Faster, cooler and for only another £13 on top of the price of the vanilla AMD Radeon HD 7870 - why wouldn't you go for the new Sapphire HD 7870 OC Edition?

The mid-range Southern Islands/7-series/Graphics Core Next (GCN) cards from AMD have impressed us. They may not have the raw graphics grunt of the Tahiti GPUs in the excellent HD 7950 or the crazy-expensive HD 7970, but they're hitting some decent price/performance numbers.

The HD 7870 and HD 7850 are like-for-like replacements for the HD 6950 and HD 6970, at similar prices and with extra pace to boot. They also benefit from the new 28nm production process, which provides extras like the Zero Core Power tech that enables seriously low-power states when the monitor goes to sleep.

It also makes them serious overclockers, and that's why we've been waiting with bated breath for board partners to bring out special factory-overclocked cards just like this Sapphire HD 7870 OC Edition.

Tough sell

The HD 7850 is our favourite of the new mid-range graphics cards, for the simple reason that it outperforms the HD 6950 it's replacing, and comes in cheaper too.

The HD 7870 is a tougher sell as it's only slightly faster than the HD 6970, and is a little more expensive. That's not a great combination, but as we've said, you get the goodness of the 28nm GCN architecture, and there's that overclocking headroom too.

Sadly though, Sapphire has been rather conservative with the overclocking of this card. The vanilla card is also known as the GHz Edition, sporting, as it does, a full 1GHz clock speed. This OC Edition only comes with a paltry 50MHz boost over the stock speeds. That's disappointing when we had the stock AMD reference edition with the standard cooler running happily with a 1.2GHz clock speed.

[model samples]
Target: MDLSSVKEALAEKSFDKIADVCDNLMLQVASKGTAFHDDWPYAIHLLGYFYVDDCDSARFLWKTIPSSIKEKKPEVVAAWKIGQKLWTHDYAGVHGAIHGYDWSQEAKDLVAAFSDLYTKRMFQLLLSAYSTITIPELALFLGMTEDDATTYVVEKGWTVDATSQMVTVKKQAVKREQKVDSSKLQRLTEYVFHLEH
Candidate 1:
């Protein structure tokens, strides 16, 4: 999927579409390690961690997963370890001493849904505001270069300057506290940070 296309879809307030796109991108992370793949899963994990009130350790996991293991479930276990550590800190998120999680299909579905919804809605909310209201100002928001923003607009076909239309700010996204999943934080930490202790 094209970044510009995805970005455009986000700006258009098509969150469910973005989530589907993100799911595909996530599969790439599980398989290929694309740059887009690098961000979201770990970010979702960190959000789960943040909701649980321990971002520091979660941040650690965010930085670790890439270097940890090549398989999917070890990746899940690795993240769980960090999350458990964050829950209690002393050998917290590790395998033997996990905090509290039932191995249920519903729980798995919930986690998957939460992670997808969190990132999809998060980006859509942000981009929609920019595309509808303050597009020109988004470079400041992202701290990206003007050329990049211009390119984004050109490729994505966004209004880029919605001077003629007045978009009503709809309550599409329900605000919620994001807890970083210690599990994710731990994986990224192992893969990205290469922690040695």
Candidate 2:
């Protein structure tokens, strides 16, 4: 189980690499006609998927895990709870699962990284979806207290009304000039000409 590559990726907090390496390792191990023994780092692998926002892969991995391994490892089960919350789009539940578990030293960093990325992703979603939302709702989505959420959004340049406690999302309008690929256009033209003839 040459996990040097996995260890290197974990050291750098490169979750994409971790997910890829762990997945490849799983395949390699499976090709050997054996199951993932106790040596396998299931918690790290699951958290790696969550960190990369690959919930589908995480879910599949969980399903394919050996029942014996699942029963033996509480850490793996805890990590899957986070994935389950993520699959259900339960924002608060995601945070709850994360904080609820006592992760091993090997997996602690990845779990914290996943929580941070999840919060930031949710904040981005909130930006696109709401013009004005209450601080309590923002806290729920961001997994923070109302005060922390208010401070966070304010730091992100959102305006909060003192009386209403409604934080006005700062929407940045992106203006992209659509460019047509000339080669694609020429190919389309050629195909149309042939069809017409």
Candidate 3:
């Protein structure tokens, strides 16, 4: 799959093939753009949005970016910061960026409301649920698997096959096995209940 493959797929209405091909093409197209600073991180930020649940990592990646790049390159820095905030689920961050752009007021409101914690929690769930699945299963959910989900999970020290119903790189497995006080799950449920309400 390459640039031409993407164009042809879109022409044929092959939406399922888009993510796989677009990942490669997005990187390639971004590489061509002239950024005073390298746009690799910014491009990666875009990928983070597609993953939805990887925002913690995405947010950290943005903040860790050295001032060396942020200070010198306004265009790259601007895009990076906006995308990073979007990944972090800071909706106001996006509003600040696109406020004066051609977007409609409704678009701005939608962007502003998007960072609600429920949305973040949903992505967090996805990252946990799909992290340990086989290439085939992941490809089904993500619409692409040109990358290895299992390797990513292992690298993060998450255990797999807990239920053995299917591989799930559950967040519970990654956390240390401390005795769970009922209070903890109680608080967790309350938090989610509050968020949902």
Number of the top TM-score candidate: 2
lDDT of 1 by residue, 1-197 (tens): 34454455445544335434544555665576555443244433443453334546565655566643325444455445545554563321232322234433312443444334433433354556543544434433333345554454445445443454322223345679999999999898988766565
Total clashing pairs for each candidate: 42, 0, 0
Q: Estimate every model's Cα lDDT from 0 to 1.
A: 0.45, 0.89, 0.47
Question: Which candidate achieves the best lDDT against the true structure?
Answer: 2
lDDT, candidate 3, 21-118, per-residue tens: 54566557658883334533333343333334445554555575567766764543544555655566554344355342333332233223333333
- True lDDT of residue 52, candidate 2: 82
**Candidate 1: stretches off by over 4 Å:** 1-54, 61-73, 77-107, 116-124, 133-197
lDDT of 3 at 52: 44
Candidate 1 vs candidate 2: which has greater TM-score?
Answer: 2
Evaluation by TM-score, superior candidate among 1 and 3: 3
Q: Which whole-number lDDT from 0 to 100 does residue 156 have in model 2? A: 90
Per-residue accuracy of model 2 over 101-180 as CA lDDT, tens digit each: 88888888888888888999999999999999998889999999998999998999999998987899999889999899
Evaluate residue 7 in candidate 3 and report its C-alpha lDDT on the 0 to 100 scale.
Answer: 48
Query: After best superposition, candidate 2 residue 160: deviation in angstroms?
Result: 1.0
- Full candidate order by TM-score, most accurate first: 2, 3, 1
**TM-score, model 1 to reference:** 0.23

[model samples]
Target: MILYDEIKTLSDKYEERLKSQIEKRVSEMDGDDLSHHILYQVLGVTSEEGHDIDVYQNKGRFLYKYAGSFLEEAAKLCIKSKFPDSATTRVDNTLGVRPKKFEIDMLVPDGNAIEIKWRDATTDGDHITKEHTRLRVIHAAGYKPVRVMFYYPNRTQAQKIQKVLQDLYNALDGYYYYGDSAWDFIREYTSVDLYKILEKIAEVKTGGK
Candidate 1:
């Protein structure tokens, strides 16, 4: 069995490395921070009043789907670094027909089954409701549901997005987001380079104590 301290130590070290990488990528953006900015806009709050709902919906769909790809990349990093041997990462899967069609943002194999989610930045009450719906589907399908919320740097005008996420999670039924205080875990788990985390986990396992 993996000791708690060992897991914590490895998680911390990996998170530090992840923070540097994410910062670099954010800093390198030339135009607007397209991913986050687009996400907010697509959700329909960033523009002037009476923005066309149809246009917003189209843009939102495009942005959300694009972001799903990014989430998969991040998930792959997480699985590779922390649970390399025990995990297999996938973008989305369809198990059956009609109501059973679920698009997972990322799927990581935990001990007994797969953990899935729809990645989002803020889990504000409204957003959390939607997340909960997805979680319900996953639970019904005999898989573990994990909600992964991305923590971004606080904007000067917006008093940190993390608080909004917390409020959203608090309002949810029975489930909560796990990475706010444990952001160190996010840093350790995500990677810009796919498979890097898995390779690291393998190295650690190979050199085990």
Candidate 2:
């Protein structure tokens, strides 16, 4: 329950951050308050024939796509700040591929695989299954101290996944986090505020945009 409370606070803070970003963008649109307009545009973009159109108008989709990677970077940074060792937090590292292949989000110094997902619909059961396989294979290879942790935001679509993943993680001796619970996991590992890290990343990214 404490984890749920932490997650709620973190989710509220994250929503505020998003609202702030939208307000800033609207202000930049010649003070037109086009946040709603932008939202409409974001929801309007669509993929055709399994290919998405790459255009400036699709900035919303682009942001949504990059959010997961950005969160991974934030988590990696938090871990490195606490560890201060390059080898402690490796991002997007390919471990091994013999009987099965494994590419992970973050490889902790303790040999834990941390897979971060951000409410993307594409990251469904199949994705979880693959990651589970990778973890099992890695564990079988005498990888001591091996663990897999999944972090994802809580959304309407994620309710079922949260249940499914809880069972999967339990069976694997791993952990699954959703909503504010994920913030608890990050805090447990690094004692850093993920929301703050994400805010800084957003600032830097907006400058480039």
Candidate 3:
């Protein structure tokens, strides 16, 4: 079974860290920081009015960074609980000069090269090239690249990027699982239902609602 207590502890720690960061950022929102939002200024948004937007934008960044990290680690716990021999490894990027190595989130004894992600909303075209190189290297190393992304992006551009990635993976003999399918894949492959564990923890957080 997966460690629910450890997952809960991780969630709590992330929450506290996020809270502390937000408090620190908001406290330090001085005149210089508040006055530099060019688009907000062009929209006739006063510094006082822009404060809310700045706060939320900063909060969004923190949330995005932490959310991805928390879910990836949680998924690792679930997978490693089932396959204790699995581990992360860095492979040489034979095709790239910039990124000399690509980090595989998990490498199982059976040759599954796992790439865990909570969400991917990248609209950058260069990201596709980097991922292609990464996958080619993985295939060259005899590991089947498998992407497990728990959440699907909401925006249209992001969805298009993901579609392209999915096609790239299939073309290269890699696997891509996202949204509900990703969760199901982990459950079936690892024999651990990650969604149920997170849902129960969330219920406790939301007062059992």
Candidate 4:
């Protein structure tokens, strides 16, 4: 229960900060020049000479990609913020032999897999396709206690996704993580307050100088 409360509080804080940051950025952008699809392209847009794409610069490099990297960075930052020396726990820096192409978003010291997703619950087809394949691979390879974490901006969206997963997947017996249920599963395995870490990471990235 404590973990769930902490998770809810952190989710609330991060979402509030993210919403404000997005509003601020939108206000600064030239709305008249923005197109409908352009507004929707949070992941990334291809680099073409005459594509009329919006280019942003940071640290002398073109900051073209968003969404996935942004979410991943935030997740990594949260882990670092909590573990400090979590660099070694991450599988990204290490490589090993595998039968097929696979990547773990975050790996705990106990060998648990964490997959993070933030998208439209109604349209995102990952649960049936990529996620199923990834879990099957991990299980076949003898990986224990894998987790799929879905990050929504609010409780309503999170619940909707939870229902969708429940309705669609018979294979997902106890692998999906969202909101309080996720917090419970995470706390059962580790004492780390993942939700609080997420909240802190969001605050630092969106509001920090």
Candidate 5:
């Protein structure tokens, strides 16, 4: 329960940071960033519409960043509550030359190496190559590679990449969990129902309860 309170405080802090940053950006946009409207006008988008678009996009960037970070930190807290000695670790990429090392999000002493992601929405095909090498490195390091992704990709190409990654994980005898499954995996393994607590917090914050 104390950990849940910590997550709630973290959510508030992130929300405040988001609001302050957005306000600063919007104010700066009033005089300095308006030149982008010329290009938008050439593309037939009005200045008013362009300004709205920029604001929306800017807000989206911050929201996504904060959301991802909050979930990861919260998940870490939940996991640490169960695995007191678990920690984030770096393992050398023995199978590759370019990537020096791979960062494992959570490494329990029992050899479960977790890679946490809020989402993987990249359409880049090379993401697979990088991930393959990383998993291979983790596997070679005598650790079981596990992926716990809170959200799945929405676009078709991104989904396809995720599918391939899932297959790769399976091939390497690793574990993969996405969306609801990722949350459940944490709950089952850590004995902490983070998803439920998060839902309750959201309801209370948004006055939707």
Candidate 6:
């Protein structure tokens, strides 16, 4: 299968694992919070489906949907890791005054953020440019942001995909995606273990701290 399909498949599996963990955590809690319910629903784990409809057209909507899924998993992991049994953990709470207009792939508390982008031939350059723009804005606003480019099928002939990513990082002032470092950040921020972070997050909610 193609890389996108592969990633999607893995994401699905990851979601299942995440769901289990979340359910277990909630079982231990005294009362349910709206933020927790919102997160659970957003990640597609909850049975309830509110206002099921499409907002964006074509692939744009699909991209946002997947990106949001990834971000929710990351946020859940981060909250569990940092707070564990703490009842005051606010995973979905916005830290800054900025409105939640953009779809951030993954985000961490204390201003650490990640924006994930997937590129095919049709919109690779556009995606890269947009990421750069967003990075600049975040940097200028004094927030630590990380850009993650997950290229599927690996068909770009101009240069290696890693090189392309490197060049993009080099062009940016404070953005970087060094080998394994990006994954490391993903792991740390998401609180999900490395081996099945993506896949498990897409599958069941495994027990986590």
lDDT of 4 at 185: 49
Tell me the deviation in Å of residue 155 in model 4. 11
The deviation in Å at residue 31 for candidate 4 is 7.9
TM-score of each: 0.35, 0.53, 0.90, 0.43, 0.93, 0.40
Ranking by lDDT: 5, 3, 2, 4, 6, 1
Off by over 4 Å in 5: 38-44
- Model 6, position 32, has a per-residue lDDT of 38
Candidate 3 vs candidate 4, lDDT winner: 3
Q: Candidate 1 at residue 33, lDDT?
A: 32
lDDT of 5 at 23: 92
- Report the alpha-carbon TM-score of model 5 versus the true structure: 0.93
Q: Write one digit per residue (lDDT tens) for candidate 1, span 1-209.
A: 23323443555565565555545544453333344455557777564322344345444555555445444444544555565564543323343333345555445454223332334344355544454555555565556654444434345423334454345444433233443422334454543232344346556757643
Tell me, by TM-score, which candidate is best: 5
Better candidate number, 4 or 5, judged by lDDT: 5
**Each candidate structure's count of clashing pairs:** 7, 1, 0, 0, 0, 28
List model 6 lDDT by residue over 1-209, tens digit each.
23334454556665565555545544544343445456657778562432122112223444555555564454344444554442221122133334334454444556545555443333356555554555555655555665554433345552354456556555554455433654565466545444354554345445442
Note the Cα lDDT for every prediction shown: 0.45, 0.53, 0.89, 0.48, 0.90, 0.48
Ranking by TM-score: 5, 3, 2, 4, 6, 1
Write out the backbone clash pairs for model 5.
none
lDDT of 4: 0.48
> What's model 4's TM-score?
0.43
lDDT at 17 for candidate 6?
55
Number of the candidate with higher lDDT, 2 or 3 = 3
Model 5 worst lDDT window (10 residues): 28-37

As you might expect then, the extra 50MHz on the factory-overclocked card doesn't amount to a lot in terms of performance. So why opt for one of these factory-overclocked cards over the vanilla version when you're only getting an extra 50MHz?

Well, theoretically you ought to be able to push the GPU clock further on this Sapphire OC Edition thanks to the third-party cooling array it has screwed onto the PCB. That's the theory, but in practice it doesn't quite work out like that.

Benchmarks

DirectX 11 tessellation performance
Heaven 2.5: Frames per second: Higher is better

Sapphire HD 7870 OC: 21.2
AMD HD 7870: 20.3
GTX 570: 18.8

DirectX 11 gaming performance
Batman: Arkham City: Frames per second: Higher is better

Sapphire HD 7870 OC: 38
AMD HD 7870: 36
GTX 570: 39

DirectX 11 gaming performance
Metro 2033: Frames per second: Higher is better

Sapphire HD 7870 OC: 27
AMD HD 7870: 25
GTX 570: 24

The reference HD 7870 and the Sapphire OC Edition both top out at the same 1,200MHz overclock, both hitting roughly the same running temperatures. The AMD reference cooler was maybe slightly hotter under full load, but only by 2-3°C. We're actually hitting the overclocking limits of the silicon before we start to reach any thermal limitations, which kinda makes the extra cash you're spending on these sorts of cards a little redundant.

Back when the stock coolers were significantly worse than third-party options, cards like this made sense. Now you're not really getting much more for your money, and it's not like that extra miniscule overclock is worth it in terms of avoiding invalidating your warranty either.